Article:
# Expression for $n$-th moment

I stumbled upon an expression in an article of statistics for an $n$-th moment with $X$ being a random variable over $[0, \infty)$.

$$\mathbb{E} X^{n} = \int^{\infty}_{0} nz^{n-1}\; \text{Pr}(X > z) \; \text{dz}$$

Could someone enlighten me on why the above is true? It indeed works for the exponential distribution.

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If you are familiar with the formula $$E[Y] = \int_0^{\infty} P\{Y > y\}\,\mathrm dy$$ for a nonnegative random variable, set $Y = X^n$ and do a change of variable $z = y^{1/n}$ in $$E[Y] = \int_0^{\infty} P\{Y > y\}\,\mathrm dy = \int_0^{\infty} P\{X^n > y\}\,\mathrm dy = \int_0^{\infty} P\{X > y^{1/n}\}\,\mathrm dy.$$ – Dilip Sarwate Jun 14 '12 at 11:45
Thank you! Knowing the formula surely helps! – johnny Jun 14 '12 at 12:14
You are welcome. For the intuition behind the formula as well as a formal proof via Tonelli/Fubini as you asked of @StefanHansen, see the answers to Intuition behind using complementary CDF to compute expectation for nonnegative random variables – Dilip Sarwate Jun 14 '12 at 12:30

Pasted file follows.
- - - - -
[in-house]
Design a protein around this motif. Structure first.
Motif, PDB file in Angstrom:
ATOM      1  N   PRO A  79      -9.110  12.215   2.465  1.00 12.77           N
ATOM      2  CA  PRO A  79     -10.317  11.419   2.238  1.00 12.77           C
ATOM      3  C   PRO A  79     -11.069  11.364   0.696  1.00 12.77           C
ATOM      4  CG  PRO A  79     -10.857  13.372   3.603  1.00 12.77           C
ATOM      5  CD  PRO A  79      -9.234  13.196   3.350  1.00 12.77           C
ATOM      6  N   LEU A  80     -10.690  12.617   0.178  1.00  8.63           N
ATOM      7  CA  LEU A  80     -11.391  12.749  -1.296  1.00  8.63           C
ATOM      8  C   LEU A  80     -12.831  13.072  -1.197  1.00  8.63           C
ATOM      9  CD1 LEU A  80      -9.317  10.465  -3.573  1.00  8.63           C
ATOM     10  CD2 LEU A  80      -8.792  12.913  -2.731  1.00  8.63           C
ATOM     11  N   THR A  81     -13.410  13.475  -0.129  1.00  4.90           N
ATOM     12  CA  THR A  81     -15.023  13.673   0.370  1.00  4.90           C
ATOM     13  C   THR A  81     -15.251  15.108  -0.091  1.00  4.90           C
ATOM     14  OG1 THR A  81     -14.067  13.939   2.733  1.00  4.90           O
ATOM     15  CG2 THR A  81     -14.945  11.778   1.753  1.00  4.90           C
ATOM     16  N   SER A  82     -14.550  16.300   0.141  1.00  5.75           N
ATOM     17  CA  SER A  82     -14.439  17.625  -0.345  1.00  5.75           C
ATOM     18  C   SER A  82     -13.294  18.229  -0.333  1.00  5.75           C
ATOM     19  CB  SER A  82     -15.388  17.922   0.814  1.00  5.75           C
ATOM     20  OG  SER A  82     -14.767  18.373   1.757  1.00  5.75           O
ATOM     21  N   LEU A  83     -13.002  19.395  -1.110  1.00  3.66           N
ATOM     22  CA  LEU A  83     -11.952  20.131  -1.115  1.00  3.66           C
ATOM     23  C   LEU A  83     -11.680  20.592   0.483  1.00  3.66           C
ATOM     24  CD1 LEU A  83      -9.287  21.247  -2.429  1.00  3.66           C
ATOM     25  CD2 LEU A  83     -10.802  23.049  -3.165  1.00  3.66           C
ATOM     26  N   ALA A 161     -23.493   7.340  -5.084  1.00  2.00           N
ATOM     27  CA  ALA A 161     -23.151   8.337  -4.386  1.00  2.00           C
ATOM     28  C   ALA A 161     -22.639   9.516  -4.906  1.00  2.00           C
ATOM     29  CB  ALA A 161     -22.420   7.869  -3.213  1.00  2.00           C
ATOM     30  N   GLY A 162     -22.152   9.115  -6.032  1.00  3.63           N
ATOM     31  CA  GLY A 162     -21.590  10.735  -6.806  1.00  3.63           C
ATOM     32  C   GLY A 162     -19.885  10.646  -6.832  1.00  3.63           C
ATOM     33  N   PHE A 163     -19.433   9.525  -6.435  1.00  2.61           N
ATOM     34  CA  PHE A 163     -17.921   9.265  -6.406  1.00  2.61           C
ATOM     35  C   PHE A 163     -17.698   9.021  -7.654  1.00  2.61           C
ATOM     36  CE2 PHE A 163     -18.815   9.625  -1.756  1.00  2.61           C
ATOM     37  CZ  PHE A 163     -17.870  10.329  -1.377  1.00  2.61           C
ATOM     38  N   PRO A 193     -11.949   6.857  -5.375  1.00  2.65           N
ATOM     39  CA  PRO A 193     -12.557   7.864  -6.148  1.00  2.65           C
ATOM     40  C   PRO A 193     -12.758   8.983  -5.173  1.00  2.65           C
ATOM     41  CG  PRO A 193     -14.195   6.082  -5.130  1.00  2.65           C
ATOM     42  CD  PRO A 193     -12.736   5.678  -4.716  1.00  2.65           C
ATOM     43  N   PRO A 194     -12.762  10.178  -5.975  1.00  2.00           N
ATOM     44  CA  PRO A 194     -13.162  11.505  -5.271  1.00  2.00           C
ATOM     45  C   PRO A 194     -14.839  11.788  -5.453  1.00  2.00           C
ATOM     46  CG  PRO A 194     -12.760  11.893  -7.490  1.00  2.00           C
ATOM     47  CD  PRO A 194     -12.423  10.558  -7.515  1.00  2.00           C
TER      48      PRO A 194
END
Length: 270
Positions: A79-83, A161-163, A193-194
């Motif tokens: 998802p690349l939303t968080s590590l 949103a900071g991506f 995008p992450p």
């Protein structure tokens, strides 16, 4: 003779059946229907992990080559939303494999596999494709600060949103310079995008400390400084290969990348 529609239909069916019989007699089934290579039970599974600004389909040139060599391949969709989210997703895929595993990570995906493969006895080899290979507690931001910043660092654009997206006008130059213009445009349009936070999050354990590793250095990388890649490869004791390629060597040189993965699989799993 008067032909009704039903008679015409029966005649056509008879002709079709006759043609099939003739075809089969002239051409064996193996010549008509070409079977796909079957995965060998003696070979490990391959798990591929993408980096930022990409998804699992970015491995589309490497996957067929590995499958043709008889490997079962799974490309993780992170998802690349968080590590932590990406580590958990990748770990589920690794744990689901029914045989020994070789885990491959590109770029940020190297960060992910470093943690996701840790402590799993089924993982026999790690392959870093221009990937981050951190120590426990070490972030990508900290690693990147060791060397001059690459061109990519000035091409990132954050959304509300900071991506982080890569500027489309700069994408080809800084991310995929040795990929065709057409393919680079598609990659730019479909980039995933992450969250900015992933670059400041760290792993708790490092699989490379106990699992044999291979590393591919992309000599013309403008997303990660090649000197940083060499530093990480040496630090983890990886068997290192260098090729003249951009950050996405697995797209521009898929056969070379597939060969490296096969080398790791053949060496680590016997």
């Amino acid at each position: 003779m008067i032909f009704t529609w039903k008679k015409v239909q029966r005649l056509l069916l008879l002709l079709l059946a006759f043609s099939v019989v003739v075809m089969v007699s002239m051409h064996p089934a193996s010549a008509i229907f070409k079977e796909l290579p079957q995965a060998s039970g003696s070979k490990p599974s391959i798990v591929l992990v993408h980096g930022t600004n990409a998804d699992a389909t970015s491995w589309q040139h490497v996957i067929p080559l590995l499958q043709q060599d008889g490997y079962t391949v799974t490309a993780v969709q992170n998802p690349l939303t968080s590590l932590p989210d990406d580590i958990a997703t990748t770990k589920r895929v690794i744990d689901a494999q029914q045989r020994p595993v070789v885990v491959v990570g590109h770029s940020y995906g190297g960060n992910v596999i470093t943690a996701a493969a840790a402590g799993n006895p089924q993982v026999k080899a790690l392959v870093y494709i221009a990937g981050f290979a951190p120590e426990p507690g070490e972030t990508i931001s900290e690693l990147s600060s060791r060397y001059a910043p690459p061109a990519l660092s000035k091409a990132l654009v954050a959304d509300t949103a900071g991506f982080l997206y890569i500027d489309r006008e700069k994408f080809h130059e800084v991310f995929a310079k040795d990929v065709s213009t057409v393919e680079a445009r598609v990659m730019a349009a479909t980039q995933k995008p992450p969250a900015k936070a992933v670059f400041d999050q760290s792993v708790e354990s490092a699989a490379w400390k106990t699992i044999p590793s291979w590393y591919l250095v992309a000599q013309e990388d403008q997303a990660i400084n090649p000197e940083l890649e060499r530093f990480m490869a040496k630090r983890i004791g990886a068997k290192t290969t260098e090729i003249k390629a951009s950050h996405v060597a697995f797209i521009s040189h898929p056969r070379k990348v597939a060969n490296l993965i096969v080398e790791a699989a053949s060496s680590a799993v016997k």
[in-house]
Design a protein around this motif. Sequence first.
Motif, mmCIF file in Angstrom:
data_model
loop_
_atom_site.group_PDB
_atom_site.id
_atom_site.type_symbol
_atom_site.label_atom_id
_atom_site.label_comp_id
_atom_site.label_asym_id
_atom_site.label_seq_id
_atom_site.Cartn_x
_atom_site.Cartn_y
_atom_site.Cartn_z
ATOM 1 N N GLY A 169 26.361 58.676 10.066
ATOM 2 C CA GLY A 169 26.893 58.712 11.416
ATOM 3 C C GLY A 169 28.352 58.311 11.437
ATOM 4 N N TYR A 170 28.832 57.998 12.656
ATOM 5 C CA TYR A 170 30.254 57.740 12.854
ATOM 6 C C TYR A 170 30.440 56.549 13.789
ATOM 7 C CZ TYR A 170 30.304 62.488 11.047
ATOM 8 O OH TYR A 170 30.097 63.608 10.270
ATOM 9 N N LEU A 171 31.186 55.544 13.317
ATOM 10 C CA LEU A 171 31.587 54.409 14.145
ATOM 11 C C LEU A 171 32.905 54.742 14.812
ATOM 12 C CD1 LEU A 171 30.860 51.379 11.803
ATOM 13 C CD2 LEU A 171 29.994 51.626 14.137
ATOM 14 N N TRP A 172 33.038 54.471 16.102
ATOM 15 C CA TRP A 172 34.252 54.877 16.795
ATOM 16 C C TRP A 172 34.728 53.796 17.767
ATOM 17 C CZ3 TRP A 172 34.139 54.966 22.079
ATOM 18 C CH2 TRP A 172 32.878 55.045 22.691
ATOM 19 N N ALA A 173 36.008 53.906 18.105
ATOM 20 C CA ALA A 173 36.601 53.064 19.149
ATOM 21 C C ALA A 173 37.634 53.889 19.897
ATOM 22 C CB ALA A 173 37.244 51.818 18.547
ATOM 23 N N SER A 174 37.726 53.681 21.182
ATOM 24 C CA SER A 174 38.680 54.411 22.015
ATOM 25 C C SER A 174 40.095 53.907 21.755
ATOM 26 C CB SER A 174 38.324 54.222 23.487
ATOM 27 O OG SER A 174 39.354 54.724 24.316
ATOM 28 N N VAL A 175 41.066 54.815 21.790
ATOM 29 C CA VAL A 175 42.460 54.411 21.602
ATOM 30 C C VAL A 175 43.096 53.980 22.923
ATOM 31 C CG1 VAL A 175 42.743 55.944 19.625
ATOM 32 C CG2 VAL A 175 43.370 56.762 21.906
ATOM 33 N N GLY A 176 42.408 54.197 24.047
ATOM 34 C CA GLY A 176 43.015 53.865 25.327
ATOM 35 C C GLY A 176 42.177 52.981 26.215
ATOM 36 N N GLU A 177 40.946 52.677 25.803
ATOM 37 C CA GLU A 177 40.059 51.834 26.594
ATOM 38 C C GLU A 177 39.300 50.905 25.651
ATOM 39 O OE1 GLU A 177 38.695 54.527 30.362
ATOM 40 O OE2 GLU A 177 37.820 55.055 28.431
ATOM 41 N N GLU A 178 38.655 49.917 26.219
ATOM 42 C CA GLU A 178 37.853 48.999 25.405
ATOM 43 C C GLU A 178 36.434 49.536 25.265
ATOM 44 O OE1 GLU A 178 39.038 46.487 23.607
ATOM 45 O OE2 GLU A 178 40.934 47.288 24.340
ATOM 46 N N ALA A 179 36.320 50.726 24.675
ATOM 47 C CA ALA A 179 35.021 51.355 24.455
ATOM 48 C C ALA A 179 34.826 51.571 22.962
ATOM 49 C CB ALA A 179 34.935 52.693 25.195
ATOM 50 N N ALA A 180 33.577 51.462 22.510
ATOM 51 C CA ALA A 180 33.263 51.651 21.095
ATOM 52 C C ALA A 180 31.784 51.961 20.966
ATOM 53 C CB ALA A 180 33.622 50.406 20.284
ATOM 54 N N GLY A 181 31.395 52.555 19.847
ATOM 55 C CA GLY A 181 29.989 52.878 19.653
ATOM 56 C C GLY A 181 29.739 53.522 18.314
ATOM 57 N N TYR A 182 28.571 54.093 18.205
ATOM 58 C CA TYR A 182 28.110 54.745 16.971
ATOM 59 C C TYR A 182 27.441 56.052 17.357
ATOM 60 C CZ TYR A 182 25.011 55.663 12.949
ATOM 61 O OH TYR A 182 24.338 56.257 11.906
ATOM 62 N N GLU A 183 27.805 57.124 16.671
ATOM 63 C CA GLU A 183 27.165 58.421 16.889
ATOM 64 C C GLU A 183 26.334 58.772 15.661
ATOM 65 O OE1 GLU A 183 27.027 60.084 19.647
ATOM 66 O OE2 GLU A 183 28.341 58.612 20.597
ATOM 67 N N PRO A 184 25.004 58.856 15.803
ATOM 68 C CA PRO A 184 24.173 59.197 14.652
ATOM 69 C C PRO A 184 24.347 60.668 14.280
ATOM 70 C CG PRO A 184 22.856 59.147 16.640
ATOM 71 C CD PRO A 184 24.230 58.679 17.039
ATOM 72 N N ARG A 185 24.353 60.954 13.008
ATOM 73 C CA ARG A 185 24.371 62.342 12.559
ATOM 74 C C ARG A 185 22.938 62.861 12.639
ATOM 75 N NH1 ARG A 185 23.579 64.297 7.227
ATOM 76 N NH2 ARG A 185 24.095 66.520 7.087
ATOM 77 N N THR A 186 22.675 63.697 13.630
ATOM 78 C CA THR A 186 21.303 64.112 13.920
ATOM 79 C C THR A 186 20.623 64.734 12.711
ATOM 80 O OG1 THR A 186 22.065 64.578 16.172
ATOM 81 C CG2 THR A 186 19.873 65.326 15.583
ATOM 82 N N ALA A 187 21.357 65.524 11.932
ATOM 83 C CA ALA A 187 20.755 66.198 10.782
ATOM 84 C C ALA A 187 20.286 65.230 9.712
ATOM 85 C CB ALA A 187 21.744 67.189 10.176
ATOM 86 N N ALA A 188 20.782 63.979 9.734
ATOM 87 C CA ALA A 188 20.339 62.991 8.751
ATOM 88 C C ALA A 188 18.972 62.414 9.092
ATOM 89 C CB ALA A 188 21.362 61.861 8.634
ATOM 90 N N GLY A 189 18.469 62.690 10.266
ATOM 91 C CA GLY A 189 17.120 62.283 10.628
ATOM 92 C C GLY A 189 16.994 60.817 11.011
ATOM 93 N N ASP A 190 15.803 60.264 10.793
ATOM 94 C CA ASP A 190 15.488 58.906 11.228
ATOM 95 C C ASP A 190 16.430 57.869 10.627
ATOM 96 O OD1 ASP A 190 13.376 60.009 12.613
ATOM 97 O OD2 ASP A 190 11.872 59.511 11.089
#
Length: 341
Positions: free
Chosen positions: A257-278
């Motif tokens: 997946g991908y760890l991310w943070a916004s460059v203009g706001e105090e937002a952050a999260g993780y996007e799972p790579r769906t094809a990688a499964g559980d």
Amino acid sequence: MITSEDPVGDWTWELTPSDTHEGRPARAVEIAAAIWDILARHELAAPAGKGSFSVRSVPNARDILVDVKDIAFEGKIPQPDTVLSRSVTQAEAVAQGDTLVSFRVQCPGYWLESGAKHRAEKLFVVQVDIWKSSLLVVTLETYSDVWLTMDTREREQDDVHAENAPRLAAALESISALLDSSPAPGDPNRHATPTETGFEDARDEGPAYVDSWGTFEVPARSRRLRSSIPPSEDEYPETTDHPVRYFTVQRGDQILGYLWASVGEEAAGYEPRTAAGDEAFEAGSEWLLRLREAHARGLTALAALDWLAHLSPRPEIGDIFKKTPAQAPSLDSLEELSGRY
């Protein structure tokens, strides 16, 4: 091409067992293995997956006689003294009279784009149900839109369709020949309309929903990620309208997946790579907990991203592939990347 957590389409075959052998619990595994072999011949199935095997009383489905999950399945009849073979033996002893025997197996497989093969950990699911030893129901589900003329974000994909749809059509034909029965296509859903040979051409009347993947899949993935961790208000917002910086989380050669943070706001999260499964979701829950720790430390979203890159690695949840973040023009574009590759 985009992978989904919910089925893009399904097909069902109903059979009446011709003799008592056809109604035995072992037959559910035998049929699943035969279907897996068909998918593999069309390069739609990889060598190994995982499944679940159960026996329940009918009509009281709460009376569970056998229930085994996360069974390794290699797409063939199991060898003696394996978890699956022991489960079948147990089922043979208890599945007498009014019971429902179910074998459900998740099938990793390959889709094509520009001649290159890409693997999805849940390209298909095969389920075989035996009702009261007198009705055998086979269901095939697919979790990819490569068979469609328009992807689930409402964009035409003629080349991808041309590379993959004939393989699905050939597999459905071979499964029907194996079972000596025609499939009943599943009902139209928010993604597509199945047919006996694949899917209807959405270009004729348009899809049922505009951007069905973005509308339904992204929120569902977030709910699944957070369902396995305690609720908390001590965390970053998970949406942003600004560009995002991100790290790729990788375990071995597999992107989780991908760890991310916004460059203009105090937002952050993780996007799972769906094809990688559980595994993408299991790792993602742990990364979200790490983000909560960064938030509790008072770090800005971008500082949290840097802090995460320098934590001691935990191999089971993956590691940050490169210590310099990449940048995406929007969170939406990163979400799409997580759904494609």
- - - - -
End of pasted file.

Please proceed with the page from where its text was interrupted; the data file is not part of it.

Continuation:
The article I'm reading is treating a continuously distributed random variable, so that's probably why they won't make a difference. But your point is of course very valid. – johnny Jun 14 '12 at 12:42
The functions $P(X>z)$ and $P(X\geq z)$ can only differ at a countable set of $z$ values, and so it doesn't matter which of these you integrate. – Byron Schmuland Jun 14 '12 at 13:12

First, use Tonelli's theorem to conclude that (write the probability as an integral and interchange the two integrals) $$E[X^n]=\int_0^\infty P\left(X^n> z\right)\, \mathrm{d} z.$$ Now write $P\left(X^n> z\right)=P\big(X> z^{1/n}\big)$ and use change of variables with $t=z^{1/n}$.